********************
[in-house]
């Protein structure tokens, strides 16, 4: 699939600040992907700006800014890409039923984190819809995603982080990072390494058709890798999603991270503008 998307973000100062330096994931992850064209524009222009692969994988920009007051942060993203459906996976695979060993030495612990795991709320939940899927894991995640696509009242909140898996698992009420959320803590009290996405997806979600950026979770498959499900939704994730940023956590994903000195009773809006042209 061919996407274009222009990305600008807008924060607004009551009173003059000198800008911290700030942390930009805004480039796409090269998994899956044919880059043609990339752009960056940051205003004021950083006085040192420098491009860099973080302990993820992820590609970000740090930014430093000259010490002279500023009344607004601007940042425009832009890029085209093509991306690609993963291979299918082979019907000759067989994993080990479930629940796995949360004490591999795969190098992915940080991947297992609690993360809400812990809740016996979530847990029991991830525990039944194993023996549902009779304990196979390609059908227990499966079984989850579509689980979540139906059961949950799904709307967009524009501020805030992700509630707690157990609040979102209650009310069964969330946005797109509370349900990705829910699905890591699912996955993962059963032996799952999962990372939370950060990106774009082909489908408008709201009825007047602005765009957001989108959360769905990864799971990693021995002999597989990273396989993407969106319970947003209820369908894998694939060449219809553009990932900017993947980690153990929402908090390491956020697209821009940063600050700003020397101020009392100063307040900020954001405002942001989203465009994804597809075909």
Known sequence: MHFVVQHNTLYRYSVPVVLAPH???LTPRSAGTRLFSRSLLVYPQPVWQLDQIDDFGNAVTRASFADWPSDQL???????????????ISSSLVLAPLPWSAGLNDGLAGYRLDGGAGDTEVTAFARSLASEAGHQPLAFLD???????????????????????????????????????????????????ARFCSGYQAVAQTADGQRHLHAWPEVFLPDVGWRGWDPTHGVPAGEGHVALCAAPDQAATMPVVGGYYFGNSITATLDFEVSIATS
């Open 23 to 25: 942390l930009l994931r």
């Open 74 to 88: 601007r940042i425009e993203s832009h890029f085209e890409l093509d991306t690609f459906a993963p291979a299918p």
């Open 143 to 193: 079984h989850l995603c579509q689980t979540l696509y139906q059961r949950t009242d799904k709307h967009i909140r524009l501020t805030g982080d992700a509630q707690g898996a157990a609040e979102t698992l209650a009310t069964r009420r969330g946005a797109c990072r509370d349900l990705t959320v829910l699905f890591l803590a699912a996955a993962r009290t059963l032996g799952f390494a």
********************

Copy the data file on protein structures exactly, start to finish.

[in-house]
């Protein structure tokens, strides 16, 4: 699939600040992907700006800014890409039923984190819809995603982080990072390494058709890798999603991270503008 998307973000100062330096994931992850064209524009222009692969994988920009007051942060993203459906996976695979060993030495612990795991709320939940899927894991995640696509009242909140898996698992009420959320803590009290996405997806979600950026979770498959499900939704994730940023956590994903000195009773809006042209 061919996407274009222009990305600008807008924060607004009551009173003059000198800008911290700030942390930009805004480039796409090269998994899956044919880059043609990339752009960056940051205003004021950083006085040192420098491009860099973080302990993820992820590609970000740090930014430093000259010490002279500023009344607004601007940042425009832009890029085209093509991306690609993963291979299918082979019907000759067989994993080990479930629940796995949360004490591999795969190098992915940080991947297992609690993360809400812990809740016996979530847990029991991830525990039944194993023996549902009779304990196979390609059908227990499966079984989850579509689980979540139906059961949950799904709307967009524009501020805030992700509630707690157990609040979102209650009310069964969330946005797109509370349900990705829910699905890591699912996955993962059963032996799952999962990372939370950060990106774009082909489908408008709201009825007047602005765009957001989108959360769905990864799971990693021995002999597989990273396989993407969106319970947003209820369908894998694939060449219809553009990932900017993947980690153990929402908090390491956020697209821009940063600050700003020397101020009392100063307040900020954001405002942001989203465009994804597809075909």
Known sequence: MHFVVQHNTLYRYSVPVVLAPH???LTPRSAGTRLFSRSLLVYPQPVWQLDQIDDFGNAVTRASFADWPSDQL???????????????ISSSLVLAPLPWSAGLNDGLAGYRLDGGAGDTEVTAFARSLASEAGHQPLAFLD???????????????????????????????????????????????????ARFCSGYQAVAQTADGQRHLHAWPEVFLPDVGWRGWDPTHGVPAGEGHVALCAAPDQAATMPVVGGYYFGNSITATLDFEVSIATS
């Open 23 to 25: 942390l930009l994931r």
């Open 74 to 88: 601007r940042i425009e993203s832009h890029f085209e890409l093509d991306t690609f459906a993963p291979a299918p």
């Open 143 to 193: 079984h989850l995603c579509q689980t979540l696509y139906q059961r949950t009242d799904k709307h967009i909140r524009l501020t805030g982080d992700a509630q707690g898996a157990a609040e979102t698992l209650a009310t069964r009420r969330g946005a797109c990072r509370d349900l990705t959320v829910l699905f890591l803590a699912a996955a993962r009290t059963l032996g799952f390494a």